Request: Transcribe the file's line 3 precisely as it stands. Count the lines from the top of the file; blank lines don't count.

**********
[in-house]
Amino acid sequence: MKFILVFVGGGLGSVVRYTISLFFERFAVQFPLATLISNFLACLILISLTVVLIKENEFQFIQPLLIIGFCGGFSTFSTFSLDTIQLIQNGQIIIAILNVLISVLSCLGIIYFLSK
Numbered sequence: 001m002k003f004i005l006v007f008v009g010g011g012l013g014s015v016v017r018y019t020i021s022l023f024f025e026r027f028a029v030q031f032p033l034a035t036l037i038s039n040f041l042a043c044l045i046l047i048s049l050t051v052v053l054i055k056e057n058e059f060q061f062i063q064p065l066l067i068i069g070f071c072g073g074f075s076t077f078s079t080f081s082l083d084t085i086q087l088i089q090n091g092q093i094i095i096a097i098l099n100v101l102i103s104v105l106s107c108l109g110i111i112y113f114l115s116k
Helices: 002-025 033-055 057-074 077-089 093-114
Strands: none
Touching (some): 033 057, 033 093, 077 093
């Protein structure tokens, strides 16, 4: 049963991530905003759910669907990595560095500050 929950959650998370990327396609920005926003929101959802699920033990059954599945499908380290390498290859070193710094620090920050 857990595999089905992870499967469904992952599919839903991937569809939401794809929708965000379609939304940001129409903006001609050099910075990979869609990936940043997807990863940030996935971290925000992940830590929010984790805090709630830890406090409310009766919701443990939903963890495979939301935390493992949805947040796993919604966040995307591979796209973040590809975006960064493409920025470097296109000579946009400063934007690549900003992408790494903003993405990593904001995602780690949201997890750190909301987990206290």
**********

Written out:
Numbered sequence: 001m002k003f004i005l006v007f008v009g010g011g012l013g014s015v016v017r018y019t020i021s022l023f024f025e026r027f028a029v030q031f032p033l034a035t036l037i038s039n040f041l042a043c044l045i046l047i048s049l050t051v052v053l054i055k056e057n058e059f060q061f062i063q064p065l066l067i068i069g070f071c072g073g074f075s076t077f078s079t080f081s082l083d084t085i086q087l088i089q090n091g092q093i094i095i096a097i098l099n100v101l102i103s104v105l106s107c108l109g110i111i112y113f114l115s116k